John McClellan, one of the earliest pioneers of Boise, Idaho, is a native of Ohio, born in Licking County, March 16, 1827, of Irish and English extraction, his paternal ancestors being Irish, his maternal, English. John McClellan, his father, was born in Ireland in 1777, and in the year 1820 came to America, landing at New York, where he remained for some time and where he was married to Miss Amanda Reed, a native of New York and a daughter of English parents. From New York they removed to Dresden, Ohio, where they resided until 1850 in which year he and his wife and seven children crossed the plains to Oregon, John, the subject of this sketch, at that time being twenty-two years of age. That year many of the overland emigrants died of cholera, and several of the company with which the McClellan family traveled were victims of that dread disease and were buried by the wayside, among them an aunt of our subject. His immediate family, however, made the trip in safety, and stopped first at Milwaukee, on the Willamette River, six miles above Portland. Later they removed to Yam Hill County and settled on a farm, where the father spent the rest of his life and died at the age of eighty-eight years. Of his family of seven who crossed the plains in 1850, only four are now living, John and three sisters.
From Dayton, Oregon, in 1863, John McClellan, the subject of our sketch, came to Boise, arriving on the 6th of May, or, rather, came to where Boise is now located, for this place was then a wilderness and there were plenty of Bannack Indians camped near the river. The military post was not located until the 7th of July following; the state capital a little later. Mr. McClellan’s trip from Oregon to this place was made with an ox train. He mined in the Owyhee, without success, however, and was at the Florence mines for a short time, when he took out forty dollars per day, after which he prospected, again being unsuccessful. That same year he took a claim to a tract of eighty acres of land on the north side of the river, and built on it a log cabin, which still stands on the property in a good state of preservation, and which he intends to keep there as long as he lives. Later he built a good frame residence, the one ne now occupies, which is surrounded with large fruit trees, planted by his own hands. In the course of time the city of Boise grew out to his property and he sold thirty acres of it for three hundred dollars per acre, and on it have been built a number of residences. Mr. McClellan, soon after locating at Boise, floated logs down the river, sawed them into lumber and built a ferryboat, with which for many years he ferried the people across the river. Afterward he, in company with others, built a toll bridge, and had charge of that some three years. Both of these undertakings were a financial success. After selling them he directed his energies to farming and raising fruit and vegetables, and later gave attention to the keeping of bees, in all of which he has been fairly successful.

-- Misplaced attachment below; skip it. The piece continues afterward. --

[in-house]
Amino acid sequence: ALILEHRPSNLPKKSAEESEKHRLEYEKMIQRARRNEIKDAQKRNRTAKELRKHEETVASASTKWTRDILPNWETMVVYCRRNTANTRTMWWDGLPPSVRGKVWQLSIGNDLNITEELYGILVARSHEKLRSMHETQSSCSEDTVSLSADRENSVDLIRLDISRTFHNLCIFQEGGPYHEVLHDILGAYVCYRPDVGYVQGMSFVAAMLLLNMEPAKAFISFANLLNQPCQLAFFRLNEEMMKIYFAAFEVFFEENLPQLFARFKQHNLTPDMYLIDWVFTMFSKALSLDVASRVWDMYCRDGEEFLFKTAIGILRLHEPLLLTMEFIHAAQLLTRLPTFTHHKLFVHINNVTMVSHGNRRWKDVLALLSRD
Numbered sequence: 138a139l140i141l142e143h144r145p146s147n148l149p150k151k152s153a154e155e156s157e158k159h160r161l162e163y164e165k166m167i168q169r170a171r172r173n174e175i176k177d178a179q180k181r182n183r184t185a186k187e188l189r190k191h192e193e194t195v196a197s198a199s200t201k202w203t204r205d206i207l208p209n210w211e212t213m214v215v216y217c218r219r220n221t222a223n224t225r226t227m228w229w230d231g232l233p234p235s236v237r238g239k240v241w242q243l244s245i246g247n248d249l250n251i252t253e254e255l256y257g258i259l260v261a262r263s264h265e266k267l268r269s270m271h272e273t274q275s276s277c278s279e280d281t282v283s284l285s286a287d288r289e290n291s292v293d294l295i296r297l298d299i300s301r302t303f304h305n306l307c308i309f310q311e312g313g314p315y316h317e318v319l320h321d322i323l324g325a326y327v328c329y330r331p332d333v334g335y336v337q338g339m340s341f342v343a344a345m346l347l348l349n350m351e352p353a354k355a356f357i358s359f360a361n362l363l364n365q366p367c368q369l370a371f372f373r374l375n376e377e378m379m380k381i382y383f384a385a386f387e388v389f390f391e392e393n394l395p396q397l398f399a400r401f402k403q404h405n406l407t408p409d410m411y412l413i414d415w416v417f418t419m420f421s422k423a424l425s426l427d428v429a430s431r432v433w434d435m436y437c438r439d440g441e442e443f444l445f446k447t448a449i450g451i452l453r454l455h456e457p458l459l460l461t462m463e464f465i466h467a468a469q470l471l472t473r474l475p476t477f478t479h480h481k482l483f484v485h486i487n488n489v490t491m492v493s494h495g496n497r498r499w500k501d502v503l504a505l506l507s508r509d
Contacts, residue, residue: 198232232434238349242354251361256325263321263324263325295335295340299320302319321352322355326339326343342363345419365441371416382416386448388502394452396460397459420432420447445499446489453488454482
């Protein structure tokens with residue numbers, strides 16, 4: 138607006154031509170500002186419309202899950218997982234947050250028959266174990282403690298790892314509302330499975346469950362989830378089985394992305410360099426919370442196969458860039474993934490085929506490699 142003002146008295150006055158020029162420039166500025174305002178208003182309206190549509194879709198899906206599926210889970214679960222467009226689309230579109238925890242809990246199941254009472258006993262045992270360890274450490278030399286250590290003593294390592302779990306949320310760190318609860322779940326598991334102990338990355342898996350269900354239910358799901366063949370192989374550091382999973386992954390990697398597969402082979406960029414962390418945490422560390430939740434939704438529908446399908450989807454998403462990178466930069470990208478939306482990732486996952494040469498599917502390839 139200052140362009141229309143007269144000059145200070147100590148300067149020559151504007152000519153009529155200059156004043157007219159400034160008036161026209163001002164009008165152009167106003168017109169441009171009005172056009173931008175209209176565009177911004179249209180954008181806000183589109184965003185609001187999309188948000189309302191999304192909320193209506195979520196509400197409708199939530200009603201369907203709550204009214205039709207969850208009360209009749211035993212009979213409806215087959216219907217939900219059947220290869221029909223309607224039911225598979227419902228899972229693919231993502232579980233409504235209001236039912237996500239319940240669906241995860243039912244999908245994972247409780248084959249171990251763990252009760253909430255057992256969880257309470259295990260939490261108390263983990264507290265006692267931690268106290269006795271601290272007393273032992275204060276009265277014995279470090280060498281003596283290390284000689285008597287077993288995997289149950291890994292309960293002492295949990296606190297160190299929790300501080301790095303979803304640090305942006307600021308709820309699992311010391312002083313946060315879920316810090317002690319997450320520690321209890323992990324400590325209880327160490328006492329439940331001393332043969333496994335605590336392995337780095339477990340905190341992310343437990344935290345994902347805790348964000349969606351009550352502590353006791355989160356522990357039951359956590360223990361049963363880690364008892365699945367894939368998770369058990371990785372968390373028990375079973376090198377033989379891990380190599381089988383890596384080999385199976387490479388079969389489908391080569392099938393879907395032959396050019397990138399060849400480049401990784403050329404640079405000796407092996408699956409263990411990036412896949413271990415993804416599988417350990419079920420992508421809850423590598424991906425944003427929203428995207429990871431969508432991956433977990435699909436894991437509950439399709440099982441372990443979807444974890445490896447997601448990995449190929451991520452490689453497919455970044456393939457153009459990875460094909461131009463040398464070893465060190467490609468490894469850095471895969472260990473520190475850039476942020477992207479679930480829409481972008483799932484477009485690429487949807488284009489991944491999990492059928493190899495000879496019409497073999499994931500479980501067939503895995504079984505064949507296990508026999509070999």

Mr. McClellan is a lifelong Republican, taking an intelligent interest in public affairs, but never caring for or seeking official honors. He is member of the Methodist Episcopal church and was one of the early trustees of the church at Boise. His sister. Miss Letta Ann, who came to Boise in 1867, is his housekeeper, both having remained unmarried. In their pleasant home they extend to their neighbors and many friends that genial hospitality so characteristic of the west.